Holmes Beach budget passes first hearing, millage OK'd
Holmes Beach held its first public hearing for the 2005-06 fiscal budget, which includes a reduction in millage from 2 to 1.9 mills. The reduced rate will generate an additional $359,100 in tax dollars for the upcoming year. This represents a 14 percent increase in property tax income.
The millage rate was passed unanimously after Treasurer Rick Ashley explained that city is part of Manatee County's incorporated area, which has a proposed millage rate that is .73 less than the unincorporated area of the county. Ashley said the city levy would give the city a tax credit, making its effective millage rate actually 1.17.
Commissioner Rich Bohnenberger said he is always in favor of lowering the millage rate and the 1.17 effective rate is even lower than what he was going to advocate. He said the lowest he recalls the millage ever being set was 1.75 in 1992.
The overall total proposed budget is $10,147,903, including the reserve and carryover amounts of $2,301,000.
Included in the budget is a 3-percent cost of living salary increase for city staff. Also budgeted is $56,750 for nonprofit organizations and $1,500 for the boat parade fireworks.
The largest budget item is $2.6 million to replace the Key Royale Bridge. According to Holmes Beach Mayor Carol Whitmore, the city must "front" the money, which will be repaid by the Florida Department of Transportation in its 2007-08 budget. In addition to taking out a loan, the city has budgeted an additional $80,000 interest for the first year of the loan and again for the second year.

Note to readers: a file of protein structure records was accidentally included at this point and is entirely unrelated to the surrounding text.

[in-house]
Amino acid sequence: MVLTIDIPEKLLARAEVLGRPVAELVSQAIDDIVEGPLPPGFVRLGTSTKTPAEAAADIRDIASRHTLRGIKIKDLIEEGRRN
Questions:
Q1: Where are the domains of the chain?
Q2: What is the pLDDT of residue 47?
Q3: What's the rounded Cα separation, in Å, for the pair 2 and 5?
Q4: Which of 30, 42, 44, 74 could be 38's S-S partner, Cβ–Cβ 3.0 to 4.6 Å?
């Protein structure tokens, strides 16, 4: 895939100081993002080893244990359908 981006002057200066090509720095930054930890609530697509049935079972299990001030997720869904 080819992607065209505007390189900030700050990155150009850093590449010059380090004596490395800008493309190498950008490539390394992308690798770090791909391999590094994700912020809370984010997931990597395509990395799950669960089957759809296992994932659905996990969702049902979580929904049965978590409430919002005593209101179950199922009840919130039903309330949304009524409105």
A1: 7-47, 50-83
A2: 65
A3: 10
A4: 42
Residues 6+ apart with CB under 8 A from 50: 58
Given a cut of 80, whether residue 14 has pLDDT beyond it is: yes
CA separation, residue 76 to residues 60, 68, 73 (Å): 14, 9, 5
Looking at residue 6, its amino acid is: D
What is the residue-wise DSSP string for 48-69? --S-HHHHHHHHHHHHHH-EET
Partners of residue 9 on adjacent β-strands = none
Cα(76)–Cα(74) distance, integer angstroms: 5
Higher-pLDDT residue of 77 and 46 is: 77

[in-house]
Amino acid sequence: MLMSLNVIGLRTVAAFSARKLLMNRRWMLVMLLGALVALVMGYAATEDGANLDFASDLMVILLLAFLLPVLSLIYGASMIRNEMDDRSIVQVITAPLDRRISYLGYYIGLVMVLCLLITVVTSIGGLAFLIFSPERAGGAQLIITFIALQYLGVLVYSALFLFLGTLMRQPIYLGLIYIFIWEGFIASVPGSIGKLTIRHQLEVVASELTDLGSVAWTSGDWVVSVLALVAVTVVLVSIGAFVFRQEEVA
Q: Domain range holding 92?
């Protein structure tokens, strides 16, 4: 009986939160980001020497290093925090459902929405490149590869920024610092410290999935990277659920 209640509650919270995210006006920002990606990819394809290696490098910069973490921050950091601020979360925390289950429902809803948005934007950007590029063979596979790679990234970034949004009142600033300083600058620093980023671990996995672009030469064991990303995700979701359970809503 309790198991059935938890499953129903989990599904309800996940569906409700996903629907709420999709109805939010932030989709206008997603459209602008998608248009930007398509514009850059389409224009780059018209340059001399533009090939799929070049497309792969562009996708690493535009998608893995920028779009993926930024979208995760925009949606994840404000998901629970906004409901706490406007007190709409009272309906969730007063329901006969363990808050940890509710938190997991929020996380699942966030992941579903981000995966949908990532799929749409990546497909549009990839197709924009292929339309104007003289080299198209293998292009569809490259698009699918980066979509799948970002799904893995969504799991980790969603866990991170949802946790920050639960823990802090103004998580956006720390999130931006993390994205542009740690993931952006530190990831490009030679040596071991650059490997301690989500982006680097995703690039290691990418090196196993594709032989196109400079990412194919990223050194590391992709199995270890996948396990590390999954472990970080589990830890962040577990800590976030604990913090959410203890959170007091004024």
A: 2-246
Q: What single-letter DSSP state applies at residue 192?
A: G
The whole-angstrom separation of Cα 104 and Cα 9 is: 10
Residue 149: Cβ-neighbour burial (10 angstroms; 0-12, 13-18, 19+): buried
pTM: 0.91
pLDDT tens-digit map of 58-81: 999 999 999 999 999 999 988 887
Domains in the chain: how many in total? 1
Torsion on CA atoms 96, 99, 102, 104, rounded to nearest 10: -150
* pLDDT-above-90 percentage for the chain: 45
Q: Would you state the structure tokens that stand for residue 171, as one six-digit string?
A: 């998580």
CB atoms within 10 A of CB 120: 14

Whitmore said the $2.6 million is still just an estimate on the cost to replace the bridge. Bids on the project will be opened in January.
Holmes Beach Commissioner Don Maloney objected to spending $80,000 in reserves to pay interest charges for the Key Royale Bridge. He believes the DOT, that the bridge is structurally sound and can perform until DOT has the money to rebuild it. As far as he understood, the only fault with the bridge is that it is 10 feet wide, not 12 feet, as current standards dictate, and it has no sidewalks.
Maloney believes there must be a better place to spend the money and benefit a greater number of people. The rest of the commission disagreed.
Finally, funding was earmarked for maintenance dredging and stormwater improvements. The city has $471,000 earmarked for future drainage improvements.
The commission passed the first reading of the budget unanimously. The second public hearing is scheduled for 6:30 p.m. Sept. 20.